Years ago, I investigated an incident where three workers were attempting to test a 4kV motor from a CB compartment. One worker contacted the energized ports with a probe while it was connected to a grounded insulation tester. Although the test leads were 16 AWG (relatively small conductors), they didn’t open or isolate the fault current. Instead, as the test leads began to melt, the air ionized and the resultant arc flash ignited the clothing of all three workers, causing serious burn injuries and catastrophic equipment damage. The worker in the compartment was wearing insulating gloves and leather protectors on one hand. When I visited him in the burn center, the doctor indicated that he would lose the arm on the side that didn’t have any PPE, while the gloved arm wasn’t injured at all.

Some CB manufacturers offer ground and test devices that are designed to fit into the CB compartment after the CB is removed. When the ground and test device is fully racked-in, it basically extends the bus and line ports to the front of the CB compartment. These devices incorporate key interlock systems that help ensure proper operation. They contain shutters/barriers that expose the selected ports — when the correct keys are inserted and operated — and allow testing through the ports without entering the CB compartment. However, many of the hazards described above must still be recognized and controlled when using ground and test devices.

Playing it safe

Photo 4. Temporary barrier in-place covering energized ports. Only de-energized ports exposed.

In summary, if you must perform testing from inside a CB compartment, consider including these basic steps in your training program and written procedures:

• Communicate your intentions, and receive permission to perform the task from the authorized representative.
• Take appropriate steps to have the equipment shut down.
• Implement available approved procedures.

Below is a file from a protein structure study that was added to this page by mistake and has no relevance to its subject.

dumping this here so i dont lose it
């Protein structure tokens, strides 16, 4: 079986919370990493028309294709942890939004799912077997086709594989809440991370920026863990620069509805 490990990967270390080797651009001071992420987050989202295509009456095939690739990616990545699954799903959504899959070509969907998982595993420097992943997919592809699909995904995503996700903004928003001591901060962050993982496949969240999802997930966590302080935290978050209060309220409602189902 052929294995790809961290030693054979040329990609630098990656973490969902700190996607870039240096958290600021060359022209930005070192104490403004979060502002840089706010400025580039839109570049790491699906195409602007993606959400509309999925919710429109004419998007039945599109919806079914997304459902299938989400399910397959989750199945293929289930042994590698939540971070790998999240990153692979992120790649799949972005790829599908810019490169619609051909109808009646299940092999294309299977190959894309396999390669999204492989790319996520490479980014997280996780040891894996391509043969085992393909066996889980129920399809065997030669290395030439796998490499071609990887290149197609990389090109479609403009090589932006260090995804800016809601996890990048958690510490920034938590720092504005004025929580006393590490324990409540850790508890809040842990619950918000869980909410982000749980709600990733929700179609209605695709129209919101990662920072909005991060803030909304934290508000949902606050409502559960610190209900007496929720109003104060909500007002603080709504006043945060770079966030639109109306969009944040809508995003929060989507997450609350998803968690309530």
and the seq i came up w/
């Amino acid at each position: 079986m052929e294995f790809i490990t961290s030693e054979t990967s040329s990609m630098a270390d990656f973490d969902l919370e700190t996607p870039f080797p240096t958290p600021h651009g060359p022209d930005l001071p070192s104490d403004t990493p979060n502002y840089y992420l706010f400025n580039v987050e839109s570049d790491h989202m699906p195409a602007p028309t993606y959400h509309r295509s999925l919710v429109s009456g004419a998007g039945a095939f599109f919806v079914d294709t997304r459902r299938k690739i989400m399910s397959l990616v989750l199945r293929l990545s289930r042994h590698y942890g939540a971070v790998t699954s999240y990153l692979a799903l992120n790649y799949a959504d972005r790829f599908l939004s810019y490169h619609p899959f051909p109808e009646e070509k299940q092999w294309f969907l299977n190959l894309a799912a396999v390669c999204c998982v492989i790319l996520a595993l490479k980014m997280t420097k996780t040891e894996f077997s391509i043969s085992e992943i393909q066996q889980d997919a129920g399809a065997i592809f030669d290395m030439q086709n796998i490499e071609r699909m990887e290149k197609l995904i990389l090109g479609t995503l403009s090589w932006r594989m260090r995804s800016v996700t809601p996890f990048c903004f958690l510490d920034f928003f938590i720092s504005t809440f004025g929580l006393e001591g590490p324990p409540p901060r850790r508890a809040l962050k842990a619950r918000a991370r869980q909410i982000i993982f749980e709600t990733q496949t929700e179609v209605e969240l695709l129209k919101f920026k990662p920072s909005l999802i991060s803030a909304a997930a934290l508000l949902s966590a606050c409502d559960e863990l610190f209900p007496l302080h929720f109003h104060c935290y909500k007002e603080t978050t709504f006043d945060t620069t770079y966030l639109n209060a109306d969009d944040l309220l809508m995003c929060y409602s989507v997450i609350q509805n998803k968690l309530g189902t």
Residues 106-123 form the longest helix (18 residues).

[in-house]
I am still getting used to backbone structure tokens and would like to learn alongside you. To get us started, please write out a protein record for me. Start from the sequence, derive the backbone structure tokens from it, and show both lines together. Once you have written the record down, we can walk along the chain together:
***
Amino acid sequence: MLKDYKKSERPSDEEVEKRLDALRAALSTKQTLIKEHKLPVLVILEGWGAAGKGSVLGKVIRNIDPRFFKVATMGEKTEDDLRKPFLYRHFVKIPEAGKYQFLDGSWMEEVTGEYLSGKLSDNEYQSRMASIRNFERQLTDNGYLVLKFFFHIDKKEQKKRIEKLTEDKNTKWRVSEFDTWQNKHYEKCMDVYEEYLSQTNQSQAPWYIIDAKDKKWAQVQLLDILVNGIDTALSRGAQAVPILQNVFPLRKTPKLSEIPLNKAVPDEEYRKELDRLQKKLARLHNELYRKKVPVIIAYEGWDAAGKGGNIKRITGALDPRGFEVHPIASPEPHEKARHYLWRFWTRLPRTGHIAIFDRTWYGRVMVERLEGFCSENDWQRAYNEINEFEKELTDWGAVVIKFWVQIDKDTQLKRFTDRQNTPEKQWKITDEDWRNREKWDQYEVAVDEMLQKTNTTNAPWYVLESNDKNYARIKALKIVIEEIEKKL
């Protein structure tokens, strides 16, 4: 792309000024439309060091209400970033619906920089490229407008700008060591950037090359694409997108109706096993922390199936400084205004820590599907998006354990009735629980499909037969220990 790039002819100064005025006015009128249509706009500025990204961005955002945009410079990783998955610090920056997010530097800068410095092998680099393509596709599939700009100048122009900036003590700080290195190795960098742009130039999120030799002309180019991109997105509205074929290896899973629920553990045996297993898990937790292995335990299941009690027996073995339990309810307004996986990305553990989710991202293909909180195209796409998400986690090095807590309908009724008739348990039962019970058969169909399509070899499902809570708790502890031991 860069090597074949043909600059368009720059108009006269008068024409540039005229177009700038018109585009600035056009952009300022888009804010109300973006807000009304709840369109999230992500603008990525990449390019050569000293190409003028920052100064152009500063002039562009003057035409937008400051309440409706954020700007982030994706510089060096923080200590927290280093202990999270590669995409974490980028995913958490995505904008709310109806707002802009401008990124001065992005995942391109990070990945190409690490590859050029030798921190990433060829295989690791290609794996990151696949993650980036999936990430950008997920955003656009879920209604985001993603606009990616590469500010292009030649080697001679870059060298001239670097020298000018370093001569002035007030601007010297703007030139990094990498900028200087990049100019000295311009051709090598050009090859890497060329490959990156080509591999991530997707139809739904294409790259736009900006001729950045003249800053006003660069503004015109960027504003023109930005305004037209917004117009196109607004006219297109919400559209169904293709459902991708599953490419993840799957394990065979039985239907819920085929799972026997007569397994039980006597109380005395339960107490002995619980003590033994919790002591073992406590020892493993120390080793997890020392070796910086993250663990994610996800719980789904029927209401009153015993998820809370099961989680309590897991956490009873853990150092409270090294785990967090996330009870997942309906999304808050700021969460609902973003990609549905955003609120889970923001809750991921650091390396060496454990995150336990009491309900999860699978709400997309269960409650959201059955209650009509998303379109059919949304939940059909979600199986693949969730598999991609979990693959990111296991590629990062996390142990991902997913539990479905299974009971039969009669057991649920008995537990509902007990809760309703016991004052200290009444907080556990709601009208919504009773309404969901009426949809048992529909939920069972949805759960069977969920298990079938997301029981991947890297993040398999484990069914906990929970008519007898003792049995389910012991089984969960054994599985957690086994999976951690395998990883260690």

• Obtain necessary tools, test equipment, and PPE.
• Wear proper class rubber insulating gloves with leather protectors, appropriate face shield, hardhat, hearing protection, and flame-resistant clothing.
• Secure the area to prevent access by unauthorized personnel.
• Ensure the correct CB is “open.”
• Remove the CB from the compartment.
• Install an insulating barrier to cover the energized ports.
• Expose the de-energized ports (Photo 4).
• Obtain an approved high-voltage detector and prove that it indicates properly (use a “built-in” or handheld tester to prove operation of the high-voltage detector).
• Test to prove no-voltage in the de-energized ports.
• Retest your high-voltage detector to prove it indicates properly.
• Obtain an approved test probe for the test equipment to be used.
• Complete the necessary testing.
• Restore the equipment to normal condition.
• Close and latch the CB compartment doors.
• Report completion of the project to authorized personnel.

Company-approved work procedures, safe work practices, training programs, and the proper selection and use of tools and test equipment are meant to prevent accidents. The use of PPE is designed to prevent injury when you make a mistake.    

Editor’s Note: This article was originally published in 2004. The author highly recommends that the work described in this article should only be performed with the entire bus de-energized. Remote racking mechanisms should be used to rack-out or rack-in the CB if the bus is energized.

Kaldon is president of Broad Run Consultants Ltd., Coatesville, Pa. He can be reached at [email protected].